Two additional memorial games would be held - one for Howie Morenz in 1937 and one for Babe Siebert in 1939, both had been member of the Montreal Canadiens. Eventually, the NHL began holding a regular All-Star Game, beginning in 1947. Various other leagues would eventually follow.
4. Ceremonial First Pitch
The first instance of a guest of honor throwing out a pitch before the start of a baseball game was in 1908 by Japanese Prime Minister Okuma Shigenobu at Koshien Stadium in Nishinomiya.
The tradition began in America with U.S. President William Howard Taft prior to the first Washington Nationals (later the Minnesota Twins) game of the season in 1910. He would return to throw out the first pitch on Opening Day the next year as well. Every U.S. President since Taft has thrown out the first pitch before a Major League Baseball game at least once, and the honor has been extended to non-Presidents as well.
Originally, the guest would throw the ball from the seats to the pitcher or catcher of the home team. This changed in 1984 when President Ronald Reagan threw the ball while on the field during a surprise appearance before the first Baltimore Orioles game of the season. Now, the general practice is for the guest to stand on or in front of the pitcher's mound and make the pitch to representative of the home team standing or squatting at home plate.
5. Indianapolis 500 Winner Drinking Milk
After winning the race for a second time in 1933, Louis Mayer drank a glass of buttermilk. He would win again in 1936 and again wanted buttermilk. This time, however, it came in a bottle instead of a glass. After Mayer was photographed with the bottle while celebrating his third win, a near-by dairy company saw an opportunity and began offering bottles of milk to the winners in the years following. They would be given a choice of whole milk, 2% or skim milk.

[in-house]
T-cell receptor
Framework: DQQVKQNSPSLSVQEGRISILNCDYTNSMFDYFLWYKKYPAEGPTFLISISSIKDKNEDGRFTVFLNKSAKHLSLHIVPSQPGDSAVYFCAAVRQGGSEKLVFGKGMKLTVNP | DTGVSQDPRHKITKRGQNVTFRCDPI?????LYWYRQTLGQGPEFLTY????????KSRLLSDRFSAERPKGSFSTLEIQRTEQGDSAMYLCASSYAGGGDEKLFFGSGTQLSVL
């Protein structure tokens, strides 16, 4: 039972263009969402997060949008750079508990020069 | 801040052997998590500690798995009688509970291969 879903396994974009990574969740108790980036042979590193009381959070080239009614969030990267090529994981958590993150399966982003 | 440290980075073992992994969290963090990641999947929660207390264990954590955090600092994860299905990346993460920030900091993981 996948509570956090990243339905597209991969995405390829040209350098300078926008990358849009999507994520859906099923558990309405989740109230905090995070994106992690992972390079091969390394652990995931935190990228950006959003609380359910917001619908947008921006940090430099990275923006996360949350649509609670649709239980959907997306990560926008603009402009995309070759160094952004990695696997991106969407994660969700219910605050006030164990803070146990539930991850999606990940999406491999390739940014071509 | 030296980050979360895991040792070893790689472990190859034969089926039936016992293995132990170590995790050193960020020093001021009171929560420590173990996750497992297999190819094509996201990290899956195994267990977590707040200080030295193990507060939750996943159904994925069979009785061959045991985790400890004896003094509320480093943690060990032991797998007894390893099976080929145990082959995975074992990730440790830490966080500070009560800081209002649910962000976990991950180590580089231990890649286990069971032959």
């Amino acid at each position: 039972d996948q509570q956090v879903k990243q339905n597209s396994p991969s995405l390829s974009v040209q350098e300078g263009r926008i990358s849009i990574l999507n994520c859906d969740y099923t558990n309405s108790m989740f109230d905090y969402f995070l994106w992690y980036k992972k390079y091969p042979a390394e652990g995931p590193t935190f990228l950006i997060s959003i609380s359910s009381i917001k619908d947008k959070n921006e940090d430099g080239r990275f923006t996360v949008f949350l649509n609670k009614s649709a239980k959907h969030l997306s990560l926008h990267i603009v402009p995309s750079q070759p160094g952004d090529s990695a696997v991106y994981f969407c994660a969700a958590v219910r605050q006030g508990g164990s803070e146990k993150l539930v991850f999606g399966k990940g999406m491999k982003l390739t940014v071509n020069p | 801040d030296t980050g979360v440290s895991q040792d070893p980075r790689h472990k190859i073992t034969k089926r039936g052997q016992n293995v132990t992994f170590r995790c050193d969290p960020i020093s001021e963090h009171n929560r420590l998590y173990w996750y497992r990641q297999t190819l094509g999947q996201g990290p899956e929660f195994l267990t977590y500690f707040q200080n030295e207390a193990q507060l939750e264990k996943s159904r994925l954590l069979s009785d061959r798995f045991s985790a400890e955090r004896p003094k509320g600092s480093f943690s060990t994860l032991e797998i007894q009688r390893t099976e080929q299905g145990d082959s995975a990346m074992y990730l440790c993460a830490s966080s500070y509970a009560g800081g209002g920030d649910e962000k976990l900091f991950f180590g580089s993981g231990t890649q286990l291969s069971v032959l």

The 1993 winner Emerson Fittipaldi, an owner of an orange grove, sparked controversy when he drank from a bottle of orange juice instead of milk in front of the cameras, hoping to promote the citrus industry. Negative fan reaction triggered an apology from Fittipaldi.
6. Mascot Races
In the early 1990s, the Milwaukee Brewers of Major League Baseball began showing computerized races on the scoreboard between three sausages - a bratwurst, a Polish sausage and an Italian sausage - prior to the bottom of the 6th inning. During the 1993 season, there began to be occasional live races between contestants dressed up as the sausages. It would become a full-time tradition and the original three would be joined by a hot dog wiener and later a chorizo.
The popularity of the sausage races inspired several other MLB teams to create their own versions with their own characters. It would also spread to minor league teams. Among them being the Stockton Ports, who have held races between three different kinds of asparagus.
7. Lambeau Leap
The tradition of a member of the National Football League's Green Bay Packers leaping into the crowd after scoring a touchdown began with LeRoy Butler in 1993. Butler had scored a defensive touchdown against the Raiders. Popularized by Robert Brooks, it became a staple at Packers home games. At times, members of visiting teams have made generally unsuccessful attempts at imitation. Under the NFL's current celebration rules, the Lambeau Leap would have been banned, but the tradition was grandfathered in.